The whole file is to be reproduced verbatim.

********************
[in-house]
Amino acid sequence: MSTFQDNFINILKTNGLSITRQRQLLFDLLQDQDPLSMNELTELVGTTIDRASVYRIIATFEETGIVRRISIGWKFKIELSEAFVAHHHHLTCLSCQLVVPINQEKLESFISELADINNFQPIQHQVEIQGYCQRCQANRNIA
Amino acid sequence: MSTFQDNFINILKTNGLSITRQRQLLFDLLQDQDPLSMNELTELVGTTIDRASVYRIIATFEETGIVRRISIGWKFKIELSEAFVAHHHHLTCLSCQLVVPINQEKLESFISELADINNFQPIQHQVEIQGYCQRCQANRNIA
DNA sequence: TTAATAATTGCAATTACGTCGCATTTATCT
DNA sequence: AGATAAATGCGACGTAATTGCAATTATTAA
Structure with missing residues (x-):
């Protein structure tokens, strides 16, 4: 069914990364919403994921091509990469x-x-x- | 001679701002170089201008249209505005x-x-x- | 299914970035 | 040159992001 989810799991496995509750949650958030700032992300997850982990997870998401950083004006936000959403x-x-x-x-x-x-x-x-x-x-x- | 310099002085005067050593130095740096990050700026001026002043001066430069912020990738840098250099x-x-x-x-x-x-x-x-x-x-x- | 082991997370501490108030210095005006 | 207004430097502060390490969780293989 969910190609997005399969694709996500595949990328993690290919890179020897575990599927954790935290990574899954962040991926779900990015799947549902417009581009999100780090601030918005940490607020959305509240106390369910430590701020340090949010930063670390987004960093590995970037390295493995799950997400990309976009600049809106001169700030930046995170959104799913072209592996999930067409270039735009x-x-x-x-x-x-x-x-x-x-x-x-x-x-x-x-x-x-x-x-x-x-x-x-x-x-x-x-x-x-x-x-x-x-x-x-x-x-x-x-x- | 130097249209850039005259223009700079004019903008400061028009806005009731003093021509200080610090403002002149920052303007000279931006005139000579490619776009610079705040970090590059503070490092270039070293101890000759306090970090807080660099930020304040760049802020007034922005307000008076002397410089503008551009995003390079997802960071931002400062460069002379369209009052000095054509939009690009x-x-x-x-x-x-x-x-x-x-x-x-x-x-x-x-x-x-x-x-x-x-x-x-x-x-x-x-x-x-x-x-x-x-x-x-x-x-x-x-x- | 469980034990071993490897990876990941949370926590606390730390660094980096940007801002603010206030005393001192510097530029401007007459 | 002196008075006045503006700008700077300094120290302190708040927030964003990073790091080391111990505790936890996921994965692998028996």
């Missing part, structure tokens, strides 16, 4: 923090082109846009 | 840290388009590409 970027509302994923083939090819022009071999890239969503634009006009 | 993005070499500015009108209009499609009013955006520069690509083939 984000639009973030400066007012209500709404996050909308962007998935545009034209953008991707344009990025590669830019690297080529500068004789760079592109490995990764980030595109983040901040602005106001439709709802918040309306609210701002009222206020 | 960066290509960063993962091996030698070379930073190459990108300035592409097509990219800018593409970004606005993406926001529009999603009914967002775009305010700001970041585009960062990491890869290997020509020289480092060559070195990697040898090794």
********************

[in-house]
Amino acid sequence: MSTFQDNFINILKTNGLSITRQRQLLFDLLQDQDPLSMNELTELVGTTIDRASVYRIIATFEETGIVRRISIGWKFKIELSEAFVAHHHHLTCLSCQLVVPINQEKLESFISELADINNFQPIQHQVEIQGYCQRCQANRNIA
Amino acid sequence: MSTFQDNFINILKTNGLSITRQRQLLFDLLQDQDPLSMNELTELVGTTIDRASVYRIIATFEETGIVRRISIGWKFKIELSEAFVAHHHHLTCLSCQLVVPINQEKLESFISELADINNFQPIQHQVEIQGYCQRCQANRNIA
DNA sequence: TTAATAATTGCAATTACGTCGCATTTATCT
DNA sequence: AGATAAATGCGACGTAATTGCAATTATTAA
Structure with missing residues (x-):
């Protein structure tokens, strides 16, 4: 069914990364919403994921091509990469x-x-x- | 001679701002170089201008249209505005x-x-x- | 299914970035 | 040159992001 989810799991496995509750949650958030700032992300997850982990997870998401950083004006936000959403x-x-x-x-x-x-x-x-x-x-x- | 310099002085005067050593130095740096990050700026001026002043001066430069912020990738840098250099x-x-x-x-x-x-x-x-x-x-x- | 082991997370501490108030210095005006 | 207004430097502060390490969780293989 969910190609997005399969694709996500595949990328993690290919890179020897575990599927954790935290990574899954962040991926779900990015799947549902417009581009999100780090601030918005940490607020959305509240106390369910430590701020340090949010930063670390987004960093590995970037390295493995799950997400990309976009600049809106001169700030930046995170959104799913072209592996999930067409270039735009x-x-x-x-x-x-x-x-x-x-x-x-x-x-x-x-x-x-x-x-x-x-x-x-x-x-x-x-x-x-x-x-x-x-x-x-x-x-x-x-x- | 130097249209850039005259223009700079004019903008400061028009806005009731003093021509200080610090403002002149920052303007000279931006005139000579490619776009610079705040970090590059503070490092270039070293101890000759306090970090807080660099930020304040760049802020007034922005307000008076002397410089503008551009995003390079997802960071931002400062460069002379369209009052000095054509939009690009x-x-x-x-x-x-x-x-x-x-x-x-x-x-x-x-x-x-x-x-x-x-x-x-x-x-x-x-x-x-x-x-x-x-x-x-x-x-x-x-x- | 469980034990071993490897990876990941949370926590606390730390660094980096940007801002603010206030005393001192510097530029401007007459 | 002196008075006045503006700008700077300094120290302190708040927030964003990073790091080391111990505790936890996921994965692998028996």
């Missing part, structure tokens, strides 16, 4: 923090082109846009 | 840290388009590409 970027509302994923083939090819022009071999890239969503634009006009 | 993005070499500015009108209009499609009013955006520069690509083939 984000639009973030400066007012209500709404996050909308962007998935545009034209953008991707344009990025590669830019690297080529500068004789760079592109490995990764980030595109983040901040602005106001439709709802918040309306609210701002009222206020 | 960066290509960063993962091996030698070379930073190459990108300035592409097509990219800018593409970004606005993406926001529009999603009914967002775009305010700001970041585009960062990491890869290997020509020289480092060559070195990697040898090794």